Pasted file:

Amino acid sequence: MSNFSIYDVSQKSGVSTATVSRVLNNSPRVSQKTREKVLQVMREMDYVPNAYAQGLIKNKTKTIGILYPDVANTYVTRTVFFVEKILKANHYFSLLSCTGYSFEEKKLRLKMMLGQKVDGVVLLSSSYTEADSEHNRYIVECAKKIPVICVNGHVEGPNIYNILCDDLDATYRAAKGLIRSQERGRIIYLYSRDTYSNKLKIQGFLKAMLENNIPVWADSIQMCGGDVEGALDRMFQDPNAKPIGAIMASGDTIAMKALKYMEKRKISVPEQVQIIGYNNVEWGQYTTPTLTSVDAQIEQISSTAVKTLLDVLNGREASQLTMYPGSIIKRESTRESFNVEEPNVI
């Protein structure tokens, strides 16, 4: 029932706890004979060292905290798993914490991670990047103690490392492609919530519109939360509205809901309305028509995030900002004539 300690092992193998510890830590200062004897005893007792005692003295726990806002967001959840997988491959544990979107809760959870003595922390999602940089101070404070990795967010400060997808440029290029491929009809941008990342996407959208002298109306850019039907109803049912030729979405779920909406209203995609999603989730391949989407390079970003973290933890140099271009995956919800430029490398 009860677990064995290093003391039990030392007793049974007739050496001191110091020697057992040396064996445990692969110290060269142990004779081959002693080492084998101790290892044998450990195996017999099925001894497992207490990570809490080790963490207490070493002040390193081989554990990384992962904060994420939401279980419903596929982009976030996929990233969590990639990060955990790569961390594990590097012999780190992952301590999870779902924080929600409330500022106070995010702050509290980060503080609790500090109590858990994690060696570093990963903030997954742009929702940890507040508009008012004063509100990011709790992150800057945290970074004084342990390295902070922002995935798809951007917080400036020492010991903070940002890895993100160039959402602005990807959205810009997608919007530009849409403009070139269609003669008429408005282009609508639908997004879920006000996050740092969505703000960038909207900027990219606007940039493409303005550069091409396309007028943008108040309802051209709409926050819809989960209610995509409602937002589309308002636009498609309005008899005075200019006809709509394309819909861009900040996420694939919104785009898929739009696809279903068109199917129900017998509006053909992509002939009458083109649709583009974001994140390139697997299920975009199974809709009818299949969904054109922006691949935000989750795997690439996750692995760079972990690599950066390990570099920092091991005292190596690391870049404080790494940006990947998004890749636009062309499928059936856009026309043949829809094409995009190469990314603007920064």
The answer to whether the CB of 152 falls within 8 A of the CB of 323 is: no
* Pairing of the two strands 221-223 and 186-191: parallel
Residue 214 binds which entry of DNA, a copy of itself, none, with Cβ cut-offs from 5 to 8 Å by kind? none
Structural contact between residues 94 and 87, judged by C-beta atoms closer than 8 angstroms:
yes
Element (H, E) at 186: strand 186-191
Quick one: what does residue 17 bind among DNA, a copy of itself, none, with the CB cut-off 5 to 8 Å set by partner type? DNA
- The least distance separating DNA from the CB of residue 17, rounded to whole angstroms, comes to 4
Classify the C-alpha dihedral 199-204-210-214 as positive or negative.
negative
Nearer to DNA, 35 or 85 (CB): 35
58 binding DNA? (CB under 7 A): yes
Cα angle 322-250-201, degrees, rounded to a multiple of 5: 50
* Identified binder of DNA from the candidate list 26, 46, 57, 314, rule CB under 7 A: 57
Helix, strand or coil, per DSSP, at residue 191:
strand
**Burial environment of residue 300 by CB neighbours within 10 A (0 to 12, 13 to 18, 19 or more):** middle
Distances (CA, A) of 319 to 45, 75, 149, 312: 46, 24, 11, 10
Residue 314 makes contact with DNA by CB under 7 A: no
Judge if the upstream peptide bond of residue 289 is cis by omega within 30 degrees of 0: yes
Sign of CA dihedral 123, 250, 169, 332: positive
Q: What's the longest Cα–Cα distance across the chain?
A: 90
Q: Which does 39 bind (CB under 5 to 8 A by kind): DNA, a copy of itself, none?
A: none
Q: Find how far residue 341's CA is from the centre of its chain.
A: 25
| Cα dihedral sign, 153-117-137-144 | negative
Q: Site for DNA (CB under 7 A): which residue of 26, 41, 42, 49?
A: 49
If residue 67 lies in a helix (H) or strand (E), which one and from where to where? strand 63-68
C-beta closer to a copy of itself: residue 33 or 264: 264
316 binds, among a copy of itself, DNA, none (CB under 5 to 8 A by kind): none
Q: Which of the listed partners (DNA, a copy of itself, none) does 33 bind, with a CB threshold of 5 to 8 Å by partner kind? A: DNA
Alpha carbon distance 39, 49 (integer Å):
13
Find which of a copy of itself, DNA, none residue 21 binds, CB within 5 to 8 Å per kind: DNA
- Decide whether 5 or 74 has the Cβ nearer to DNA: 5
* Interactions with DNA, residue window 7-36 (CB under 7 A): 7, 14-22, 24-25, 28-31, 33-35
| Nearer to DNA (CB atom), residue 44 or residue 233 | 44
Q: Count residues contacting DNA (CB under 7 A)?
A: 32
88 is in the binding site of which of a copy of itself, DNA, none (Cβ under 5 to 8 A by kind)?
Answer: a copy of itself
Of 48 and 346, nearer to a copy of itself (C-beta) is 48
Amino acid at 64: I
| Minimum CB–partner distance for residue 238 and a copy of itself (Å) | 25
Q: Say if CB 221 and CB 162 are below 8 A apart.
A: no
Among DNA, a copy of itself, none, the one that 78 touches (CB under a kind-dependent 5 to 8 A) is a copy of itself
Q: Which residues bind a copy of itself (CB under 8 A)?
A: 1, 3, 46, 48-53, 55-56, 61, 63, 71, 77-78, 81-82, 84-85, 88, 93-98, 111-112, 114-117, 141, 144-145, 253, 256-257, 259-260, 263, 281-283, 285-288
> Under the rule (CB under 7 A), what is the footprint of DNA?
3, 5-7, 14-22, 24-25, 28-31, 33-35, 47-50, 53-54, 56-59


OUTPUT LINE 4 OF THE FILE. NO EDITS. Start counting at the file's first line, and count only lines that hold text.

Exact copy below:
* Pairing of the two strands 221-223 and 186-191: parallel